Striving for Injury Prevention
The greatest fear of any athlete is not being beaten by someone better – it’s being injured striving for success.
But participants in the 2016 Alice Springs Masters Games are in good hands if something goes wrong.
Tracey ‘doctor of happiness’ Bradley and her team at Sports Medicine will have someone on hand for virtually every event.
The team were called on yesterday to help out when a competitor fell in a 100m race at Traeger Park. Luckily there were only a few bumps and scrapes.
Ms Bradley, who is the NT manager for Sports Medicine Australia, said this year there are seven doctors from around Australia, eight physiotherapists, three training sports physicians and several sports trainers at the Games.
“Everything we need is in the clinic so we can do anything from plaster an ankle, to stitching an open wound or pulling out a splinter,” she said.
“We can also look at bad backs and other injuries.
“Our main aim is to get the player back into their sport.
“We try to cover every event if required.
“Apart from the main clinic at Traeger Park, doctors and sports medicine trainers go out into the field.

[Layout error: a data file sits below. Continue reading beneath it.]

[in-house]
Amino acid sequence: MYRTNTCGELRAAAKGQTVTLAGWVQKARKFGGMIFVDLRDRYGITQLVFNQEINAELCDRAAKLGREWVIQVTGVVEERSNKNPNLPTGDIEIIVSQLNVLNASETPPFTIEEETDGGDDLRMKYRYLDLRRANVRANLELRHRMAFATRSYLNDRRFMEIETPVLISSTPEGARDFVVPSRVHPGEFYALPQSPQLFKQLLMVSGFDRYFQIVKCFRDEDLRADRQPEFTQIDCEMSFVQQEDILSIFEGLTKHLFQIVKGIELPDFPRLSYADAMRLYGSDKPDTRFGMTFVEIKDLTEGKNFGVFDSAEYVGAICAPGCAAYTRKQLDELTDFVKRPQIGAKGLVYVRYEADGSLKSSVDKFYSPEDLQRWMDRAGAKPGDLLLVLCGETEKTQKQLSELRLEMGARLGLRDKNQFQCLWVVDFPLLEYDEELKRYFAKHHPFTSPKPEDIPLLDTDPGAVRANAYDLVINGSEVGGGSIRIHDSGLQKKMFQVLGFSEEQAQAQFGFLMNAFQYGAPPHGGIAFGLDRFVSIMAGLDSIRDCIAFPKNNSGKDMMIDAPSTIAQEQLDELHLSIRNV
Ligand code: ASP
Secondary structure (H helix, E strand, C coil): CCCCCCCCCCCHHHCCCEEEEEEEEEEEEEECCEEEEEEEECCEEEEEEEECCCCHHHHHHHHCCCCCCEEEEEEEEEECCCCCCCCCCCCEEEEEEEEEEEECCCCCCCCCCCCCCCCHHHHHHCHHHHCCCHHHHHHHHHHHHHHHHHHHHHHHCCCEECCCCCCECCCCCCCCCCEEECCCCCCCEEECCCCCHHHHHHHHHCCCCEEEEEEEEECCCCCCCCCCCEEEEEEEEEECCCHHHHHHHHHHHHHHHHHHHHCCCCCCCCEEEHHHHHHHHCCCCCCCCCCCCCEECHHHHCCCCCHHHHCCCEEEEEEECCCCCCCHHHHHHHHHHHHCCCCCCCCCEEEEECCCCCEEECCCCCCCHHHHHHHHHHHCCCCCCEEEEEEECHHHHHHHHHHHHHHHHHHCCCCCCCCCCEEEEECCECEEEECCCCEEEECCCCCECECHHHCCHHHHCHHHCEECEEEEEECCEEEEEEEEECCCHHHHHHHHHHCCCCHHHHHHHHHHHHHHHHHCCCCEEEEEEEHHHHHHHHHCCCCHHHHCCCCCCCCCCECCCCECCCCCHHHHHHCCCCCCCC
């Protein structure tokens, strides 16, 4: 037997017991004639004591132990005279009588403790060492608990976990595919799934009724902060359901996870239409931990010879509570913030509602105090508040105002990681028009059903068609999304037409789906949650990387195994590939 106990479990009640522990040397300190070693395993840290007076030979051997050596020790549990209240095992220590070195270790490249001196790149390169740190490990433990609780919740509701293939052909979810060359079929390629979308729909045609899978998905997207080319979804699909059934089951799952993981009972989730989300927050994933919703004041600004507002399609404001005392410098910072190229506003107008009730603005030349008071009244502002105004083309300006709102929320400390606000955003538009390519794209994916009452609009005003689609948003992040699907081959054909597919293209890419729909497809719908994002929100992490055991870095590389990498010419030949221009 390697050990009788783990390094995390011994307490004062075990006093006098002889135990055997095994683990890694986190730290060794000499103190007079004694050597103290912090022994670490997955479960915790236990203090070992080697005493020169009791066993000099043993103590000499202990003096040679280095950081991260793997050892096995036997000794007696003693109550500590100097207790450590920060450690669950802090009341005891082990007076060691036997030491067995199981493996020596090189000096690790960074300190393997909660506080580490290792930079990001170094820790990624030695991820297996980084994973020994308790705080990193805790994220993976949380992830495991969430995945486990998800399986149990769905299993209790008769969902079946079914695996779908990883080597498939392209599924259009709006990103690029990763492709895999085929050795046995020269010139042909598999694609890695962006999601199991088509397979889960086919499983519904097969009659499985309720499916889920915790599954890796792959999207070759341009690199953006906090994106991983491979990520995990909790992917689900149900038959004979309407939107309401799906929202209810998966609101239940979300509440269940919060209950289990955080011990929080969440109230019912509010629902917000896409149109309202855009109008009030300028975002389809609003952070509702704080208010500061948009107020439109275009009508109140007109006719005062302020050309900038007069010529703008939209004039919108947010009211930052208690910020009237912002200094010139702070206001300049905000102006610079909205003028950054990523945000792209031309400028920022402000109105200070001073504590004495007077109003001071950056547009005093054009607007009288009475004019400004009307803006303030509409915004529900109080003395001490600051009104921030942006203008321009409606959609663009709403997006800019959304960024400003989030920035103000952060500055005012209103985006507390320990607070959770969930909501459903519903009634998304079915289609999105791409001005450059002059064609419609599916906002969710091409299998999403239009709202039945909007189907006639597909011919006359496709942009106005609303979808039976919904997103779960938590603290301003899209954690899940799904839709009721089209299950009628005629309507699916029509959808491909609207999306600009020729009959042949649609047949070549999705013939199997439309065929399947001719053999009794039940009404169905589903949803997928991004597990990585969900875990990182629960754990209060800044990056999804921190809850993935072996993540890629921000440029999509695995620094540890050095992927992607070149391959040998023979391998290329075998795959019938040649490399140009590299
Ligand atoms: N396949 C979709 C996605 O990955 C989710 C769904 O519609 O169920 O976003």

“With this weather we are encouraging all participants to rehydrate correctly.”
Athletes are also reminded to cover up with Sunscreen and wear a hat.
The team is headed by Dr Viran De Silva, a fourth year registrar for Territory Sports Medicine from Darwin.
The team also includes Greg Winter, a sports physician from Townsville and Tasmanian Dr Linda Clow who worked at the recent Rio Paralympic Games.
People attending the Sports Medicine Clinic are asked to bring their Medicare and/or private healthcare card. There is no charge for the services at the clinic although items such as a knee brace will need payment.
Bookings are not necessary but more serious injuries will be attended to first.